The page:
As gaming shifts into the next generation of platforms and devices, recent announcements like Valve’s plan to release the Steam Box and the development of the Ouya haven’t done much to phase the up-and-coming indie game developer presence in Toronto.
“If Steam Box is going to be successful, sure our games are going to be there,” said Hamed Abbasi, Managing Director at Vast Studios, a game company that develops casual and adventure games. “Everybody wants to get into the console market, so it’s all about the economics. Until it comes out though it’s hard to say how we will react to it.”
Game developer Valve, makers of Half-Life and Left 4 Dead, is working on their own version of the gaming PC called the Steam Box. As a gaming machine it will be capable of playing titles on Steam and will have the potential of making high-end games like Skyrim accessible to gamers on a budget. At the same time it’ll allow games found on Android devices to be played as well. Even if all goes according to plan, and AAA titles are made more accessible, Hamed believes Vast’s audience isn’t going to disappear.
“Our target audience of women 35 plus didn’t exist 10 years ago,” said Hamed, “I don’t think our audience is going to switch over to Fallout or the next Call of Duty, and I don’t think people playing Call of Duty are going to switch over to our games. I think it’s a nice balance of diverse audiences playing different games.”
Hamed said he’s glad new consoles and devices are popping up because it means more people could potentially buy their games. He emphasized however that Vast’s main focus will be to act as a content provider, and through the rise of mobile gaming he says it will greatly help their company reach new audiences.
David Heron, senior producer and designer at the award-winning XMG Studio in Toronto, said despite the success of Steam he’s worried if indie studios do have a relationship with the marketplace, their games would still be buried among big titles like Skyrim and Call of Duty, as games like those are often featured on the online store’s main page and given prominence.
“If you have an indie game on the marketplace, and if you’re really lucky, you’ll have a little banner that’ll last three to four days,” he said.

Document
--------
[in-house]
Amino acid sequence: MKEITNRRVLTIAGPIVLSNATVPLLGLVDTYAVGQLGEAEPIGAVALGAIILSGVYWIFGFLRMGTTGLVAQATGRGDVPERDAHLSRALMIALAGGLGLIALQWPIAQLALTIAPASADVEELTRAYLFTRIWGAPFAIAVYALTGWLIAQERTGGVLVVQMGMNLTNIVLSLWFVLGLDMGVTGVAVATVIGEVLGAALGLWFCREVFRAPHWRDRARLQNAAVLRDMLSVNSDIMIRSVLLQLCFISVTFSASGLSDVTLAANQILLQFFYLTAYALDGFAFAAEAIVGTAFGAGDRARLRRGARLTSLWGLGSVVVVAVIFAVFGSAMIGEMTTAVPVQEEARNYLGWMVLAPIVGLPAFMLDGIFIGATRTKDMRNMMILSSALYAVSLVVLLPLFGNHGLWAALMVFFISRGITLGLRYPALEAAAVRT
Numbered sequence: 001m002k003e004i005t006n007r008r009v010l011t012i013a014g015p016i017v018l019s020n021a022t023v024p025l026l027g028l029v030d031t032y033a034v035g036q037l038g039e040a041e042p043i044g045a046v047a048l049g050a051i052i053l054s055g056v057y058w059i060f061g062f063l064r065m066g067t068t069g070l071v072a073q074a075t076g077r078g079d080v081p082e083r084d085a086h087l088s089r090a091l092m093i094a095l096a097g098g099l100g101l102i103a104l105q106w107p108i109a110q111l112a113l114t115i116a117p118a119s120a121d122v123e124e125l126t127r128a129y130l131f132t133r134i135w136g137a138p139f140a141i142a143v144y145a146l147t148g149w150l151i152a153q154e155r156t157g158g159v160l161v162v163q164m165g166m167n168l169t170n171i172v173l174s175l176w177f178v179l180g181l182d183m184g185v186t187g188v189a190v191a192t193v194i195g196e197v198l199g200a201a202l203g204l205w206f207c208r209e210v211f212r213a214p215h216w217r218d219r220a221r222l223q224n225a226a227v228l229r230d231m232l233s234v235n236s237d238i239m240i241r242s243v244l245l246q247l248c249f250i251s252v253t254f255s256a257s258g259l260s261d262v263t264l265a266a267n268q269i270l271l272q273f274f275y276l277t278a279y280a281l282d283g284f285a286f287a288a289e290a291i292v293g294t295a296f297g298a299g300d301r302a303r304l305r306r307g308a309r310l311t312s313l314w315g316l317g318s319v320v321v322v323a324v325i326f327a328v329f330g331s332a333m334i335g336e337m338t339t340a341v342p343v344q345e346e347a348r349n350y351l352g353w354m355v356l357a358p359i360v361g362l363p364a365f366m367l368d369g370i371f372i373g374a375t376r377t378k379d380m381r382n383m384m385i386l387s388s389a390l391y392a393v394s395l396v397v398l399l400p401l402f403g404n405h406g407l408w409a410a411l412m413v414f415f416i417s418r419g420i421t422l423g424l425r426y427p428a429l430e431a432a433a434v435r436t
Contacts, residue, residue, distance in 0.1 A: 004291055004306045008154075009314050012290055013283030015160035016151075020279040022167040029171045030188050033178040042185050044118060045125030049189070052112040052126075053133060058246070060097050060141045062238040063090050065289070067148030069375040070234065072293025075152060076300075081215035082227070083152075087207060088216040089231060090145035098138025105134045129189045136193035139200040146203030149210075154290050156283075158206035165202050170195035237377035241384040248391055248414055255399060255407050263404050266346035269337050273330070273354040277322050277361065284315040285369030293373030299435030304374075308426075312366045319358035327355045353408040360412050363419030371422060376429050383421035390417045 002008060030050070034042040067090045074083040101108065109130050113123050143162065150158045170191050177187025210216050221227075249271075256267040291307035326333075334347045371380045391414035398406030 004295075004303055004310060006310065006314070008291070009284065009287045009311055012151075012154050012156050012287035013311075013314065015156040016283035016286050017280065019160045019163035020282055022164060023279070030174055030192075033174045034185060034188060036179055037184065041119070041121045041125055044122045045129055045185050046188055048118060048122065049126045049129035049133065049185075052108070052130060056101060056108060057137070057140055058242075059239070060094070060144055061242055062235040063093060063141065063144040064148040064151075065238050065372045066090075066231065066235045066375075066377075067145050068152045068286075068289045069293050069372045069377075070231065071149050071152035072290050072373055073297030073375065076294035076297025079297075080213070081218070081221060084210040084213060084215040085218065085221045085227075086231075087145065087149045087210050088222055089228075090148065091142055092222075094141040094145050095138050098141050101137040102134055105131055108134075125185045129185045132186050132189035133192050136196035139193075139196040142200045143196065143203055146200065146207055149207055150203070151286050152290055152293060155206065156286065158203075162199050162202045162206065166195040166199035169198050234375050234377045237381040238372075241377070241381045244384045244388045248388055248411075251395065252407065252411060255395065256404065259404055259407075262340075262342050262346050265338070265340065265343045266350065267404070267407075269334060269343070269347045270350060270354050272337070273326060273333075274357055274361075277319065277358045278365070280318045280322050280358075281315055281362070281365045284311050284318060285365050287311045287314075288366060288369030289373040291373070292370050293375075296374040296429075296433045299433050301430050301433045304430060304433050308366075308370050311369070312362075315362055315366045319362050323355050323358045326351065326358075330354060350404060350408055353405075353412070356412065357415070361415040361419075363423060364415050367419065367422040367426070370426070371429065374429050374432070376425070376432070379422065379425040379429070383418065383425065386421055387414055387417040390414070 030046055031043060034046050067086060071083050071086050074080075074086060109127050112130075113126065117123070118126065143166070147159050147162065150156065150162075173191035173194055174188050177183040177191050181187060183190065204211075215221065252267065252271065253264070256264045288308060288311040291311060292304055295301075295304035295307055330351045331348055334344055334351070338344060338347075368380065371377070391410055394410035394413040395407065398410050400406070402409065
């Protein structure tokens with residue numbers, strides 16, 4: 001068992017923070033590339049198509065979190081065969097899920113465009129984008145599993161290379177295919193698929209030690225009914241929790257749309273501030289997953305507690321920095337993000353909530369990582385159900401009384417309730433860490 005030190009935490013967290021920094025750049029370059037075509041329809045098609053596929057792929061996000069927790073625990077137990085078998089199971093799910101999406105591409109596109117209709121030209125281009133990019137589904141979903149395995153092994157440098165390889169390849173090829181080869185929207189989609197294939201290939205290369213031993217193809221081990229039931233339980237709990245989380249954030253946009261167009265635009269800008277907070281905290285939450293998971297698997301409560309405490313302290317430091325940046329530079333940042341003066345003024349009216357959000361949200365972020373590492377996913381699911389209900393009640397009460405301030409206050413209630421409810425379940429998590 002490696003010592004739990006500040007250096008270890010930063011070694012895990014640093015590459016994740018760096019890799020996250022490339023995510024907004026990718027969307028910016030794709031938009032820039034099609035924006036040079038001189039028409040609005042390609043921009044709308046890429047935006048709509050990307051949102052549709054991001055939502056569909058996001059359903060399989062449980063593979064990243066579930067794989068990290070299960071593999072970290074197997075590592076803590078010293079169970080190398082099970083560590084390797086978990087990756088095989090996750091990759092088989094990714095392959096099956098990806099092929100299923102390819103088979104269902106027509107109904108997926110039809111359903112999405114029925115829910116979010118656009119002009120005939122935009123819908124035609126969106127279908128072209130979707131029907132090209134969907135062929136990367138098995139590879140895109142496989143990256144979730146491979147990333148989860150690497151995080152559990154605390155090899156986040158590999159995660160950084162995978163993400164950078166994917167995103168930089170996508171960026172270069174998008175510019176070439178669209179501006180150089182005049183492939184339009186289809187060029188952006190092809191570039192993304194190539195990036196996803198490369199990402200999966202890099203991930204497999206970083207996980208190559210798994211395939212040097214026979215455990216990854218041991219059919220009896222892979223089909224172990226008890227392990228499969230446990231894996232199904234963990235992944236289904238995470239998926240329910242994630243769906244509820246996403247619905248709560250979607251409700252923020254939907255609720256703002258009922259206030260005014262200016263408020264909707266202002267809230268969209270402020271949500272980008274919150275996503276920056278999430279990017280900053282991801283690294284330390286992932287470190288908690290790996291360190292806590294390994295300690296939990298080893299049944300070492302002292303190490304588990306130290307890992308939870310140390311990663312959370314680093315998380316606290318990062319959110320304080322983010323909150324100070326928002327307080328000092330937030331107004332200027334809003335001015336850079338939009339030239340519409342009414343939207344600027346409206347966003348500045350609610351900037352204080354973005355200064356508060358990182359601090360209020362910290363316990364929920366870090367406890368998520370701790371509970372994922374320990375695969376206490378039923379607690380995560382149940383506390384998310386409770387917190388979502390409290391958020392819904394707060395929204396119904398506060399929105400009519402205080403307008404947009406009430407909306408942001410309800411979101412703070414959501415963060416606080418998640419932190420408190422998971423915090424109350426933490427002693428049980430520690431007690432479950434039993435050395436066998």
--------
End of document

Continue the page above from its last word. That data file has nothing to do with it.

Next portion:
When it comes to devices like the Android platform-running Ouya, which is planned for a June release this year, Heron said it really doesn’t bring anything new to the table.
“Who wants to play Rage of Bahamut on their 40 inch television, no one wants to do that,” he said.
Jaime Woo, one of the founding members of Gamercamp, a video game festival in Toronto, said though many android devices do deliver a powerful presence when it comes to picture quality and resolution, the Ouya’s concept has legs.
“There is always space for games to be displayed in very large formats,” he said, “But is the era of a $60 game dead?”
When it comes to the growing presence of indie game companies in Toronto, Woo said the story of Toronto as a game space is continuously being told.
“Toronto was born for this,” he said. “When Microsoft introduced XBLA and Sony introduced PSN, it gave distribution capabilities to independent game developers, and this has really opened things up for developers everywhere.
According to Candevs.ca, over 20 video game companies are located in Toronto, many of which started up in 2008 just like Vast.
“We’ve always seen Toronto as our home for our studio,” said Hamed. “If you’re looking to start a video game company, Ontario is the best place in the world to start it in.”
Heron from XMG agrees, and said the large number of co-op placements at their studio for students who go to schools like Humber and Waterloo are a huge contributing factor to the growth of their studio.
“The local talent is huge, and we have about 10 to 20 co-op students come in every year. Some of the top members of our team right now came out of those sorts of scenarios,” he said.
Heron said a greater pull by the government to bring in more talent is evident, and without the government support Ontario receives, opportunities for developers to be more innovative would be limited.
Editor's note: Please excuse the fact that the byline currently reads "Ian Miles Cheong." Alex Coop is the writer.